Mental illness in any shape or form takes a huge amount of courage, not to mention energy, to overcome. The most important thing to remember is that nobody can do this for you; they can offer help, sympathy or a blind faith in sedatives. If you are to achieve anything in terms of mental illness, it has to come from within.
every day I notice moments when I’ve veered into dangerous mental territory and managed to pull myself back from the brink
This is perhaps the most important thing Alex has yet said on her blog. It is a crowning achievement to a life that has thus far been truly horrendous.
This was supposed to be a sort of review and reprise of George Orwell’s “The Decline Of The English Murder,” only my point of view is very different to his. Which makes his essays the more appealing to me. Add Orwell’s beautiful and evocative writing and you have a blissful read.
Not that murders are blissful, but that’s the point of murders – and the point of Orwell looking at their decline. Orwell’s books were written to be read by those who enjoy reading, those who read the story as much for the writing as the story itself. But that is what makes literature; if it’s only a story thinly interwoven by lumpy descriptions, it’s pulp fiction.
It is 1916 and an English gentleman is sitting in the shade of a trottoir café in Limassol on the island of Cyprus. Next to him is a Greek Cypriot tailor. They are both drinking coffee and discussing the events of the day. As they are about to part, the English gentleman says, “as soon as you have definite information, ring up 8456 and ask when it will be convenient for Mr Crowder to try on his new suit.” And adds that if he’s not there, he’ll phone back later in order to confirm the meeting.
So you’ve already spotted that something fishy is going on here, haven’t you?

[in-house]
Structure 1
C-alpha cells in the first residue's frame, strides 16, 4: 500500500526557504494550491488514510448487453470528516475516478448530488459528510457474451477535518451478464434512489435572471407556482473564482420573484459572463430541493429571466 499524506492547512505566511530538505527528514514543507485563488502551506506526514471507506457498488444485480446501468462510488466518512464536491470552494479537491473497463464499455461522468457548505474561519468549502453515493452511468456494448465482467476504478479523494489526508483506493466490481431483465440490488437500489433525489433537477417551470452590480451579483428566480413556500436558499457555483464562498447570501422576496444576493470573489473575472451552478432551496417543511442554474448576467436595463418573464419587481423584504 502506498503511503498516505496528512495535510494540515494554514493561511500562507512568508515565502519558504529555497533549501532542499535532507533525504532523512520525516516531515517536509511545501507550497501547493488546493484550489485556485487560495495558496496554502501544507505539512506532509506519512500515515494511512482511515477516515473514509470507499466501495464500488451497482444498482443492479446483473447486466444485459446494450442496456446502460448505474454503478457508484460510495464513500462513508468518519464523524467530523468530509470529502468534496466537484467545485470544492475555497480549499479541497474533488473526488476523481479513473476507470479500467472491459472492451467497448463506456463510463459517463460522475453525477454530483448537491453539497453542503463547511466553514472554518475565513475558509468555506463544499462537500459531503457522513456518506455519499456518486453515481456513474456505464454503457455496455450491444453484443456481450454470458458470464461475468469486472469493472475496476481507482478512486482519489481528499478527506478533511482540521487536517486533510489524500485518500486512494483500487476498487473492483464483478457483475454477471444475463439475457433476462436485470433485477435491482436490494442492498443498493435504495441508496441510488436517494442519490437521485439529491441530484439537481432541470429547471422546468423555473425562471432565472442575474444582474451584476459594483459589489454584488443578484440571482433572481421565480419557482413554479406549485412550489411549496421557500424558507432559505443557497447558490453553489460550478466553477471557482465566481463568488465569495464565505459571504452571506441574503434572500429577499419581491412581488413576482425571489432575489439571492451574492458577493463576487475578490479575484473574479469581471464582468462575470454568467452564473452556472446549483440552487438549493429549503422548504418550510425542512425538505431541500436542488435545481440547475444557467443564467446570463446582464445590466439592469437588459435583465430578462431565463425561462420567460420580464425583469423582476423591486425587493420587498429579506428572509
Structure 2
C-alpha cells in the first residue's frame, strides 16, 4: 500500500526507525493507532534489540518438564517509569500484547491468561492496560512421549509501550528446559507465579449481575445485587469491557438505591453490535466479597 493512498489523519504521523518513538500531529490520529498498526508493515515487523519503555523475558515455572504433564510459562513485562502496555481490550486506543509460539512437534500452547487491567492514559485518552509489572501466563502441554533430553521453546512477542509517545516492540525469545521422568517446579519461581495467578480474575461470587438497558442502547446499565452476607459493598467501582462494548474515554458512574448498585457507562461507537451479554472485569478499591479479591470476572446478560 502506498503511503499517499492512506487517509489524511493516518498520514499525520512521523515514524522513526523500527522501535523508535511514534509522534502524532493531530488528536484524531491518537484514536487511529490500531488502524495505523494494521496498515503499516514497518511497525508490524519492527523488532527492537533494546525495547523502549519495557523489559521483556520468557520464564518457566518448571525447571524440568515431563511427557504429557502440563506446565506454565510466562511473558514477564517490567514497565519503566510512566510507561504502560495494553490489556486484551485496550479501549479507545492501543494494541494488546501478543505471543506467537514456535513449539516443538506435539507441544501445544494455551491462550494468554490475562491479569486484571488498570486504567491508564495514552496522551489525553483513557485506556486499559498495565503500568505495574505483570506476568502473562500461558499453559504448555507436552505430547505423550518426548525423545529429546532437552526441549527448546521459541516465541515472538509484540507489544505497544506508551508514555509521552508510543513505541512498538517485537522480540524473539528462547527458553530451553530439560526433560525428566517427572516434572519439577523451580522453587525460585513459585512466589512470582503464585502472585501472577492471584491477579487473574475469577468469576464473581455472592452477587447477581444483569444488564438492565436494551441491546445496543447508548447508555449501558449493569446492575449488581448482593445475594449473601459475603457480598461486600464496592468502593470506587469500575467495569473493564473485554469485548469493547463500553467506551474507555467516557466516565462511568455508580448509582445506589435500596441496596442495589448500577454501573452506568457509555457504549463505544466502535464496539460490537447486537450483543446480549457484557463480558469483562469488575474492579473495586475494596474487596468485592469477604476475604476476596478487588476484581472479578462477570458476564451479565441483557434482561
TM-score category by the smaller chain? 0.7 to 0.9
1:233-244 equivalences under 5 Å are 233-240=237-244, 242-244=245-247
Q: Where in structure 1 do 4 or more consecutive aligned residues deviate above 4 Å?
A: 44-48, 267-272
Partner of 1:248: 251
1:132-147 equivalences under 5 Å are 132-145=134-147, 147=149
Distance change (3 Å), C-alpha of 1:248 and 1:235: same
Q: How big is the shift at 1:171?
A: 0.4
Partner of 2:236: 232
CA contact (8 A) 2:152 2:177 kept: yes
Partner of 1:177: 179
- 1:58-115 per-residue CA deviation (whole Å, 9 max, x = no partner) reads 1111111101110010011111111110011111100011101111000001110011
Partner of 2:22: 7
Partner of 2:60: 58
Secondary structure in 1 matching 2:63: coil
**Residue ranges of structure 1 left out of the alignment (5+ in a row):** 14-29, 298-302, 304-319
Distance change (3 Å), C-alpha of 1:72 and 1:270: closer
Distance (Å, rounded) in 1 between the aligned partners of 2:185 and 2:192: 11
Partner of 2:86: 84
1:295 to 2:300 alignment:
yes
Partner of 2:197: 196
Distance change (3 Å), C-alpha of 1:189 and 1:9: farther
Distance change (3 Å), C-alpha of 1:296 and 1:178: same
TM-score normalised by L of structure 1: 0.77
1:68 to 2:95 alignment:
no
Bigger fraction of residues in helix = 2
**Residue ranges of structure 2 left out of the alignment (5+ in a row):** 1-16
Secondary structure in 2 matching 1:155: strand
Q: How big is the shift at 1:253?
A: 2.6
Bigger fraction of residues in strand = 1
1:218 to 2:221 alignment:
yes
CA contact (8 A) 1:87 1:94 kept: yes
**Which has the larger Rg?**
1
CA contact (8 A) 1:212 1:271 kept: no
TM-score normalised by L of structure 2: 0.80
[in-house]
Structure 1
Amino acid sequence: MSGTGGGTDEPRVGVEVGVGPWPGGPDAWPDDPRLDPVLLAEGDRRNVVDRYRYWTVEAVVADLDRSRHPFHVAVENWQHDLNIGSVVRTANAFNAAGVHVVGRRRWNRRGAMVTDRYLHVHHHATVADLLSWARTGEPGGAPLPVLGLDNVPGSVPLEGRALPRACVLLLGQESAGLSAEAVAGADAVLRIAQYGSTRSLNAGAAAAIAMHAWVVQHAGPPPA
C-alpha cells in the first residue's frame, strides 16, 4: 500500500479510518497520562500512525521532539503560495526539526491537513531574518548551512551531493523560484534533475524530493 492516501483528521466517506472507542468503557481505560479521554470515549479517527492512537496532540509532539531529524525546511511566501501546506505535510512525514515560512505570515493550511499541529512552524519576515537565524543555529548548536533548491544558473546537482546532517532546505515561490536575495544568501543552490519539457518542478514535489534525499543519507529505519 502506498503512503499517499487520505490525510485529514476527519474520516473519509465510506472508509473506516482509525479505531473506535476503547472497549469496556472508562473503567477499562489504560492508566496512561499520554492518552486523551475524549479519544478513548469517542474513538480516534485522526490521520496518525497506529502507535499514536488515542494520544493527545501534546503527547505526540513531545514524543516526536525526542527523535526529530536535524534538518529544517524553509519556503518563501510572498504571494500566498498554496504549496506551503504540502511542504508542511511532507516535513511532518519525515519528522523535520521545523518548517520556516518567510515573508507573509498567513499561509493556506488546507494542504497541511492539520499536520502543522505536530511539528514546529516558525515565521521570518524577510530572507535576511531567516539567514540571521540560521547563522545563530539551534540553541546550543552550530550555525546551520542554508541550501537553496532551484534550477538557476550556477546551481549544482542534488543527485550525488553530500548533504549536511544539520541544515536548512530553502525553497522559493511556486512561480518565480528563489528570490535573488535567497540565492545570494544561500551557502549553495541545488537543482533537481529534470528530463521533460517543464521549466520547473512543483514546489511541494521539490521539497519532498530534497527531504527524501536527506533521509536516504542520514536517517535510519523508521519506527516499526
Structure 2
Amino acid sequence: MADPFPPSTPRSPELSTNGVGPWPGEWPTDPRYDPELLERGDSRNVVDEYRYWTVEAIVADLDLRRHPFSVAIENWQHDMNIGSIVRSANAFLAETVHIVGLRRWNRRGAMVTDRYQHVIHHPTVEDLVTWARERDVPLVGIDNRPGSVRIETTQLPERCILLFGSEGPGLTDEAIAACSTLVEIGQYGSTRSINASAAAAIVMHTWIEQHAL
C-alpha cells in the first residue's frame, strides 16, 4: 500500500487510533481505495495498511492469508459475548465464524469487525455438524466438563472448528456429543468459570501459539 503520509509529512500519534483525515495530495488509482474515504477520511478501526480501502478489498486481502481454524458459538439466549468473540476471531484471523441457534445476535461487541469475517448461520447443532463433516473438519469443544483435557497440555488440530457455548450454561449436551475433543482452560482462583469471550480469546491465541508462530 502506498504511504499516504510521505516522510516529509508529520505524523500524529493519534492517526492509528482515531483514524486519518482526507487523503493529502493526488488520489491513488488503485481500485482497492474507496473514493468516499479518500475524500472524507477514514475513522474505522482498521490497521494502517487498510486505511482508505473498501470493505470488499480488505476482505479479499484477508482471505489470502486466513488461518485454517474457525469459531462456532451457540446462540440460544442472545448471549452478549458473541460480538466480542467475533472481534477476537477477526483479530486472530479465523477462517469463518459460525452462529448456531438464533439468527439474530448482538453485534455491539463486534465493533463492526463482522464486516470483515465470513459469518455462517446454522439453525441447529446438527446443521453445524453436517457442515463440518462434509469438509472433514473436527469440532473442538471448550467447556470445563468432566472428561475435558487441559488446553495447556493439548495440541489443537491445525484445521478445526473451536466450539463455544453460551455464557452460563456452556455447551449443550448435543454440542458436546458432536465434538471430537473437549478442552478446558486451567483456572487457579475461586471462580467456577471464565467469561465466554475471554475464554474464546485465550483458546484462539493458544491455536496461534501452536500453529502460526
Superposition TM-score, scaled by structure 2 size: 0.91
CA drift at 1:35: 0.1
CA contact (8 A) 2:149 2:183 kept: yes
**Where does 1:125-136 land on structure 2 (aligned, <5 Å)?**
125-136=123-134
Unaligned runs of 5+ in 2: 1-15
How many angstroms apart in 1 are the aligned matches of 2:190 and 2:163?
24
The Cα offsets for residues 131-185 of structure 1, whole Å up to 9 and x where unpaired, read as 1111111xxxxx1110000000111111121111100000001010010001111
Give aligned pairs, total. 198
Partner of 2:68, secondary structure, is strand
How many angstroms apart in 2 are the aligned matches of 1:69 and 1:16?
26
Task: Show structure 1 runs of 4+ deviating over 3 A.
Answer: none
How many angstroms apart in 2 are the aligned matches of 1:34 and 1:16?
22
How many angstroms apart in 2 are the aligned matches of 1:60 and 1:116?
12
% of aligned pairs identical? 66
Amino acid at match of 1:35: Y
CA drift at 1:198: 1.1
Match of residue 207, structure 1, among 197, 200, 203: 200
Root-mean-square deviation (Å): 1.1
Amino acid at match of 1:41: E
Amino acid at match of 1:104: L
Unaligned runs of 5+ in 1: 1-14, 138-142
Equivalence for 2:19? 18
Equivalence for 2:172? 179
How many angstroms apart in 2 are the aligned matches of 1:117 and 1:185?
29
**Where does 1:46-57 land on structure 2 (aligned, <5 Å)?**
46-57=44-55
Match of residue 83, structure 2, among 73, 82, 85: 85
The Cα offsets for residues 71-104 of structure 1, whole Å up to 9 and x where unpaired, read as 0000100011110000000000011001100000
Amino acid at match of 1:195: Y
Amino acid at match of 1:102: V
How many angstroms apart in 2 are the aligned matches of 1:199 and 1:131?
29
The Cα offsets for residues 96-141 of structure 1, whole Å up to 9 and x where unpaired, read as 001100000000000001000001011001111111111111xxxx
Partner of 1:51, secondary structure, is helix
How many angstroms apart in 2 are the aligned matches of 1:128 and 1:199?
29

I didn’t go to the Gemeentemuseum in the Hague on Saturday to see the Mondriaan exhibition; I went to see the paintings by Isaac Israel and his friend George Breitner. But to get to this exhibition I had to go through the Mondriaan exhibition and it stopped me in my tracks. The exhibition is entitled, “De Ontdekking Van Mondriaan” or ‘Discover Mondrian‘.
It is the middle of the night and all is quiet. Routine on a naval ship is the normality; the routine in the small hours of the night is even more crucial, because that’s the time when people are at their least aware. It’s nature: humans are better asleep in the depths of the night. Standing around in the dark is simply not as interesting as standing around during the daytime. Even at sea, there are things to see in the daylight, like a seagull. At least there is something; when it’s dark, it’s just one fug of nothingness. The blackness becomes boring for the rating standing lookout on the bridge of the USS Porter.
This was originally written in June, 2014, but never published. Until today! Read on, and enjoy…
What actually happened…
It was the morning of the parade. Not unbeknown to the famed Parachute regiment of the British Army was their spectacular manner of arriving on the parade ground. That is to say, they arrive by parachute.
Now this did take some practice, even for those well experienced in the use of parachutes. Because for an elite regiment to arrive one step out of beat was unheard of. So landing had to be perfect: all the soldiers would land exactly in parade ground formation, and in perfect time. The Regimental band also arrived by parachute, although the kettle drummer had to have his equipment tied to a separate parachute. Nevertheless, they arrived on the ground within the space of a semi-quaver.
Bolly, my new cat, was a cat that my friend Hendrik couldn’t really look after. Bolly kept pestering his younger cat, Timmy, and Hendrik couldn’t bear the fights – such as they weren’t. It is the nature of a mature cat to be territorial, they need this because they have to ensure their supply of food. Their territorial instincts are drawn from this reality and maintain the cat’s future.
This does have downsides for the cat, in that they have to be constantly on the alert which means they get very little sleep. Indeed, Hendrik mentioned that he could only get any sleep when the two cats were in different rooms. It wasn’t so much that fur flew or that blood was drawn; the occasional hiss was enough to keep him awake.